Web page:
Supporting People with an Intellectual Disability as Parents

  • Marina Giblin feels disheartened by how society views people with disabilities
  • Services appear compromised despite parents’ and families’ best efforts
  • The lack of central control and co-ordination has made it difficult for children to access early education
  • People with intellectual disabilities can be directed toward “special schools”, stopping them being educated with their friends in their own community
  • So, learning and living time are lost in travelling
  • Does society value all its citizens equally?

The Irish system and attitudes to people with a disability means that the only true advocates people with a disability have are more than often their parents. Remove parents from this equation, and what is left is the current appalling situation unfolding in the care system and the HSE.

Sadly, in my view, the evidence strongly indicates that our society does not fundamentally value people with any form of a disability. There is no allocation of meaningful resources at any level to support disability and this starts at birth and follows all through life. Parents are left to fight for practical support, therapies, services, education and training to ensure their children have any quality of life. It is soul-destroying because you encounter resistance at every step of your child’s journey. Your child is as important in your life as any parent’s child and you want only what is best for them. You want your child to reach their full potential like any parent, to be given opportunity to shine in life and experience every wonderful thing that parents dream for their children. In order for your child to achieve these things they need support, and it is this support that our state does not invest in.

All people with a disability need a holistic approach to early intervention – regardless of diagnosis, the approach needs to be multi-faceted.  This needs to include speech therapy, occupational therapy and physiotherapy as basic requirements for every child. Currently this is not easy to source or secure, and unless this is done early in a child’s life the potential outcome for the child can be devastating.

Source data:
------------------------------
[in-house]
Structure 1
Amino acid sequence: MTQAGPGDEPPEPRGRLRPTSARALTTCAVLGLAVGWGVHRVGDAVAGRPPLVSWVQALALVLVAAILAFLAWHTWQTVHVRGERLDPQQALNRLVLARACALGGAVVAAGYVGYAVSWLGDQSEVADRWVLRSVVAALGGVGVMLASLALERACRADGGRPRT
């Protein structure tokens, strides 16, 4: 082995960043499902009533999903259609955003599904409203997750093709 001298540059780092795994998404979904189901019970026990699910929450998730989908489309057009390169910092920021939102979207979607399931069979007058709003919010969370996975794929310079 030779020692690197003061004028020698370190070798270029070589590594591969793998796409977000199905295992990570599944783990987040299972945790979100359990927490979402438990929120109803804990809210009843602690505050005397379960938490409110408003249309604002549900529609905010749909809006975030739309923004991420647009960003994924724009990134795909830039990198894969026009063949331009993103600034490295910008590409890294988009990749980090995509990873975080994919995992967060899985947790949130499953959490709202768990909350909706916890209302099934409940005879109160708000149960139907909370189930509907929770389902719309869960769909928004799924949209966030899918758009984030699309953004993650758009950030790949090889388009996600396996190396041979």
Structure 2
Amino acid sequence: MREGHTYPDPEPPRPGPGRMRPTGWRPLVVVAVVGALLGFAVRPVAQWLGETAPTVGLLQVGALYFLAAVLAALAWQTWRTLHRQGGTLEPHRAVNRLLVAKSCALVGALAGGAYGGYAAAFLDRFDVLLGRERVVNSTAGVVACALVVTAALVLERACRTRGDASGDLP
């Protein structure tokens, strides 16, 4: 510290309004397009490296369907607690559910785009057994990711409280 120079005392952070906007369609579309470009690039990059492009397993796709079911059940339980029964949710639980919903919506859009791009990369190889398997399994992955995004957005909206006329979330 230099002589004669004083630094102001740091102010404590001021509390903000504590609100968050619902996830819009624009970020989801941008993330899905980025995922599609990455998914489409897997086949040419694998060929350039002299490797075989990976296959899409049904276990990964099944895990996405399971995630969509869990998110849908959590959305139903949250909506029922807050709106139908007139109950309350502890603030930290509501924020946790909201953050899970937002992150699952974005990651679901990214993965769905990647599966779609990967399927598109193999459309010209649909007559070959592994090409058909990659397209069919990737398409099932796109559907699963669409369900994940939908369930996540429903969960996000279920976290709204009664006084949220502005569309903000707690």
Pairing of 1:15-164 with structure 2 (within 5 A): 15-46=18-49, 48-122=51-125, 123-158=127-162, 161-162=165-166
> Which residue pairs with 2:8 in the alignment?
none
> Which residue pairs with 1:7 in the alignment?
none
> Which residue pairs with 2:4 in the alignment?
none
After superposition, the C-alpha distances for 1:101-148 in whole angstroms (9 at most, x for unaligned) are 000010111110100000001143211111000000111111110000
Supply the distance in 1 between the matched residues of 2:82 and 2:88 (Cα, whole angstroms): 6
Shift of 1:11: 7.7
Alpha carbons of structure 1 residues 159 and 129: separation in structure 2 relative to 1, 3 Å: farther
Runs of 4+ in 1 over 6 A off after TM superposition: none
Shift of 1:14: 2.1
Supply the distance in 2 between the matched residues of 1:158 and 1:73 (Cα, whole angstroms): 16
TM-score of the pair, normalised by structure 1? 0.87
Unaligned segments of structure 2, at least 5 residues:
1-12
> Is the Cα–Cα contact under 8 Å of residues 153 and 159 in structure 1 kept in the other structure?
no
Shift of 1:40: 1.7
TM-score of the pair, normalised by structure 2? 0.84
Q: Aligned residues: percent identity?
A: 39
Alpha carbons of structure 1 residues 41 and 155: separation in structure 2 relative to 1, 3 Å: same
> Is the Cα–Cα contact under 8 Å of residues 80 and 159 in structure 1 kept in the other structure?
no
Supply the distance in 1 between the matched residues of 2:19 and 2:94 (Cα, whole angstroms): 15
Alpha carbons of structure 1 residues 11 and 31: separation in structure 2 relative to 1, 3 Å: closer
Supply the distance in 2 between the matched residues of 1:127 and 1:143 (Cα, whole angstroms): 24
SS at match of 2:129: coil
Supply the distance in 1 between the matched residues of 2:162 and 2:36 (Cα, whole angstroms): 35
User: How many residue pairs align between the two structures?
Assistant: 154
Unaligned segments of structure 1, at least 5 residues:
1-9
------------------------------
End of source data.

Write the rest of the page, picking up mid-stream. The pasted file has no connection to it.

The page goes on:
Education is the key to integration of people with disabilities into the community – it sets the stage for the person’s future. At the moment children cannot even access pre-school with the support they need. There is no co-ordinated approach centrally. In essence the reality of segregation is beginning to emerge. Once children are eligible for school, the problem is at crisis level. The Department of Education have absolutely no accountability for what happens at our state’s schools. Resources are allocated by the NCSE to the schools and that is where their involvement ends. There is absolutely no oversight by the NCSE and the Department of Education on how the approved resources are allocated at school level for the benefit of the individual child. The implementation of these resources and the success of their outcome are not audited by anyone at any level.  It is a well-documented fact that children with challenges learn in a different way and need input and implementation from various professionals to maximise their learning opportunities. In class sizes of 30, with very little (if any) direct interaction with the class teacher, and a maximum in very few cases of 5 hours resource learning, this is detrimental. SNA support is not the answer; this is just to facilitate the practical day-to-day of a child’s physical presence at school.